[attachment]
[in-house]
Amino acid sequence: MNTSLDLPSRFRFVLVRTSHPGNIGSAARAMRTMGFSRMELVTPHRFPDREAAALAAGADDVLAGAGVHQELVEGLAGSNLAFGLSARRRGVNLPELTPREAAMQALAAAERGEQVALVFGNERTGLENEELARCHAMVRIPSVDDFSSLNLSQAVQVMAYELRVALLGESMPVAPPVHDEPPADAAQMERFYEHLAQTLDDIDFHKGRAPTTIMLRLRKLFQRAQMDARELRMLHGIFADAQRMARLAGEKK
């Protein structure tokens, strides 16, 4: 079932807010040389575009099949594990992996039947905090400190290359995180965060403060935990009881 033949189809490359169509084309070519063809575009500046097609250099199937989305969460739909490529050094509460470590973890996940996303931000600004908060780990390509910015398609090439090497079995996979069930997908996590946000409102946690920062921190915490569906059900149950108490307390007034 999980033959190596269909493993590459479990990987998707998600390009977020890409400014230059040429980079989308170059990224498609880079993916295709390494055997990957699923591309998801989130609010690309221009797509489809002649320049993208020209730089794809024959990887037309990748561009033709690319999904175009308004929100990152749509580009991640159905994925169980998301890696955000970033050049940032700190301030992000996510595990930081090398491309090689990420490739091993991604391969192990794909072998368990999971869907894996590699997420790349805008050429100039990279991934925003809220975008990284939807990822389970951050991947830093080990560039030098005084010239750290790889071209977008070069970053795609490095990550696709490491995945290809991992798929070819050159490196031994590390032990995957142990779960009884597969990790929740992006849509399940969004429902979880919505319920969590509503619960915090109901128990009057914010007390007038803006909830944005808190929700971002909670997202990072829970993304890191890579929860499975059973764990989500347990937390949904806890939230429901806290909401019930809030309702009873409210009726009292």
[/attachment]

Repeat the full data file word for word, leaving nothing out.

[in-house]
Amino acid sequence: MNTSLDLPSRFRFVLVRTSHPGNIGSAARAMRTMGFSRMELVTPHRFPDREAAALAAGADDVLAGAGVHQELVEGLAGSNLAFGLSARRRGVNLPELTPREAAMQALAAAERGEQVALVFGNERTGLENEELARCHAMVRIPSVDDFSSLNLSQAVQVMAYELRVALLGESMPVAPPVHDEPPADAAQMERFYEHLAQTLDDIDFHKGRAPTTIMLRLRKLFQRAQMDARELRMLHGIFADAQRMARLAGEKK
């Protein structure tokens, strides 16, 4: 079932807010040389575009099949594990992996039947905090400190290359995180965060403060935990009881 033949189809490359169509084309070519063809575009500046097609250099199937989305969460739909490529050094509460470590973890996940996303931000600004908060780990390509910015398609090439090497079995996979069930997908996590946000409102946690920062921190915490569906059900149950108490307390007034 999980033959190596269909493993590459479990990987998707998600390009977020890409400014230059040429980079989308170059990224498609880079993916295709390494055997990957699923591309998801989130609010690309221009797509489809002649320049993208020209730089794809024959990887037309990748561009033709690319999904175009308004929100990152749509580009991640159905994925169980998301890696955000970033050049940032700190301030992000996510595990930081090398491309090689990420490739091993991604391969192990794909072998368990999971869907894996590699997420790349805008050429100039990279991934925003809220975008990284939807990822389970951050991947830093080990560039030098005084010239750290790889071209977008070069970053795609490095990550696709490491995945290809991992798929070819050159490196031994590390032990995957142990779960009884597969990790929740992006849509399940969004429902979880919505319920969590509503619960915090109901128990009057914010007390007038803006909830944005808190929700971002909670997202990072829970993304890191890579929860499975059973764990989500347990937390949904806890939230429901806290909401019930809030309702009873409210009726009292």